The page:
This past July, Facebook made the headlines for scoring the largest loss in value in a single day ever recorded: $120 billion, or a 19% drop in stock price. A spate of scandals tied to privacy issues and misuse of the company’s platform for malicious political manipulation may account for the initial collapse in value, but it doesn’t explain why Facebook’s stock- price has continued to sink since.
Facebook’s own employees are keeping it in the news, in persistently unflattering light. In August, the company experienced organized dissent from a large group of employees decrying “a political monoculture that’s intolerant of different views.” When the press obtained internal blog posts to this effect, the story went viral almost instantly.
And when a senior Facebook executive was seen on television at the contentious confirmation hearing of U.S. Supreme Court justice Kavanaugh, many Facebook employees decried what they took to be an implicit company endorsement of a political figure they felt to be an anathema.
With these employee-led struggles continuing to suppress the company’s stock price, public funds have begun to call for Facebook founder Mark Zuckerberg’s ouster as board Chairman. Zuckerberg has hired former UK deputy prime minister Nick Clegg to help face down current controversies.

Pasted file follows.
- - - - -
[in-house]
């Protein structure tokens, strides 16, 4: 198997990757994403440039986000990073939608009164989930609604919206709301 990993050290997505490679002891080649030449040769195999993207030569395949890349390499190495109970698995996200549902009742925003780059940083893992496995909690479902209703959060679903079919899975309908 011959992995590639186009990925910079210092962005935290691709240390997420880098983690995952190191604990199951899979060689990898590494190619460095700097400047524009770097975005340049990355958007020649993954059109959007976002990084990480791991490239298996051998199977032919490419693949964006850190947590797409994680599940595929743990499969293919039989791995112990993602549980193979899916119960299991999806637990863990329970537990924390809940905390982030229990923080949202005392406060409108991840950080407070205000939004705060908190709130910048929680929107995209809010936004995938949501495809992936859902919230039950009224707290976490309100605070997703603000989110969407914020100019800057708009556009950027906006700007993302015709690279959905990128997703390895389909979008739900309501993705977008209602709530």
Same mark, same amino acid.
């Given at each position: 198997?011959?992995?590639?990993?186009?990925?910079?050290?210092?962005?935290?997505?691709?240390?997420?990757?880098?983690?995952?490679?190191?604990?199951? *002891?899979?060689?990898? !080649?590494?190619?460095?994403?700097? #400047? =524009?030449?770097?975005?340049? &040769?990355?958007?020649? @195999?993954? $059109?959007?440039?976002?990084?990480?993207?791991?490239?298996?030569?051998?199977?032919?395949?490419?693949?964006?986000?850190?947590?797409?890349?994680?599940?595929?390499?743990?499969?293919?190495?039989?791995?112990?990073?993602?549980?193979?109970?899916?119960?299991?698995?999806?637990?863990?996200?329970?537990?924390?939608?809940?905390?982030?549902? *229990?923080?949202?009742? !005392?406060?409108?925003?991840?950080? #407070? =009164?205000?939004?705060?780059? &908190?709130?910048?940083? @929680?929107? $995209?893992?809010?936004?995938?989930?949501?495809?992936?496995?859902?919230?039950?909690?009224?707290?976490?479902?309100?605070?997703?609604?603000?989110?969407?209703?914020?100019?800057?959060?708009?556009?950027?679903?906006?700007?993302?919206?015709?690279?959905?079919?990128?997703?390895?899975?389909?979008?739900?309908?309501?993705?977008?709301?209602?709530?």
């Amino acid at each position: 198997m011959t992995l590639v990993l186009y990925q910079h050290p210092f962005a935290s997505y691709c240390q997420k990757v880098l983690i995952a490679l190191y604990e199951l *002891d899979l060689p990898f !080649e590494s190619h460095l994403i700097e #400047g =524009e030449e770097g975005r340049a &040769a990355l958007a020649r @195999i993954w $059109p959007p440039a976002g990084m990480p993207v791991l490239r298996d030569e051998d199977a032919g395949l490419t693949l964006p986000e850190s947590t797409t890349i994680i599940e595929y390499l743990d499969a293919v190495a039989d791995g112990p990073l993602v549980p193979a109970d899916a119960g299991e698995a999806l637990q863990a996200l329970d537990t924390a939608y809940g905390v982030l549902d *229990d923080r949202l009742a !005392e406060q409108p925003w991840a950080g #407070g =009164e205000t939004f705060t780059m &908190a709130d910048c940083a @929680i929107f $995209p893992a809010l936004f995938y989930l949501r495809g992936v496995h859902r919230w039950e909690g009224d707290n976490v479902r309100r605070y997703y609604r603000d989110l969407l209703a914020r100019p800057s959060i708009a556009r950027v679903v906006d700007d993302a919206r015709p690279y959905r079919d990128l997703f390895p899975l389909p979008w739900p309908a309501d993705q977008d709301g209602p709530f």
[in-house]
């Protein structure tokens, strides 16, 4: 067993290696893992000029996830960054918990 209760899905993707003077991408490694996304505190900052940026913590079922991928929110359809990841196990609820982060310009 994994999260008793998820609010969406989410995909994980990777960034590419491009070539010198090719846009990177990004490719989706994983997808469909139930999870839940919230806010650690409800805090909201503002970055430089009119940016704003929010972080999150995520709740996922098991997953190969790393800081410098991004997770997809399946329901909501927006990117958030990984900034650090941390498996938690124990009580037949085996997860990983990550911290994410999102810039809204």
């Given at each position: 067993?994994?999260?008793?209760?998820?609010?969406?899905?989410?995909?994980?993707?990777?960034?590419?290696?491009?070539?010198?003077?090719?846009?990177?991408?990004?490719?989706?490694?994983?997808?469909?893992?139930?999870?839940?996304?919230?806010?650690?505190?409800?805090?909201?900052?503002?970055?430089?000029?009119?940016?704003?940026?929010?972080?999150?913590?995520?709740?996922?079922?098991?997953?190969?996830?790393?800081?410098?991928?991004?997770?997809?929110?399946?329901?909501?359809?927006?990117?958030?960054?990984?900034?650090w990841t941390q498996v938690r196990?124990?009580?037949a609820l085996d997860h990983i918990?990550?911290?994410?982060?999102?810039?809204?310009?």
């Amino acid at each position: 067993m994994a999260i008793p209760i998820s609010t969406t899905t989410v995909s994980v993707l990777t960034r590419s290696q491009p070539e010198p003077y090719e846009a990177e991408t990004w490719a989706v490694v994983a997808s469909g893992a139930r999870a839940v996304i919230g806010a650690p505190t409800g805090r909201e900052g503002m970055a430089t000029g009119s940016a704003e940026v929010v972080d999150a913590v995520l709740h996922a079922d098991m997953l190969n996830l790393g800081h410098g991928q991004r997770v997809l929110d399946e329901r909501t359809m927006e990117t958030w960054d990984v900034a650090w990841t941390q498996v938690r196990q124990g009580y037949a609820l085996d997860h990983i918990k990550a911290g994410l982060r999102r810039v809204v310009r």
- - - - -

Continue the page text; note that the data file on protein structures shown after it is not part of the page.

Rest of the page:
Facebook is not alone: the personal is increasingly political. Google, for instance, has struggled recently with an employee revolt over the company’s work on a “censored search engine” for Chinese customers.
And Microsoft faced employee pushback against the company’s pursuit of a $10 billion contract with the U.S. military. “We joined Microsoft to create a positive impact on people and society, with the expectation that the technologies we build will not cause harm or human suffering,” employees wrote in a public blog post.
Employees have come to represent a company’s ‘strategic vulnerability’ even as they remain one of a company’s chief sources of competitive advantage. Leaders must be trusted to align company values with those of employees if they are to win the ‘battle’ for hearts and minds. Where they fail in this, risk managers may expect to face increased ‘insider threats.’
Monitored from above by regulators and investors, and judged by employees from within, firms face equally intense scrutiny from customers below. Social media creates ‘radical transparency’ with customers, whether firms like it or not, and organizational practices that once may have been hidden from the public are now laid bare in a ‘Tweet-storm.’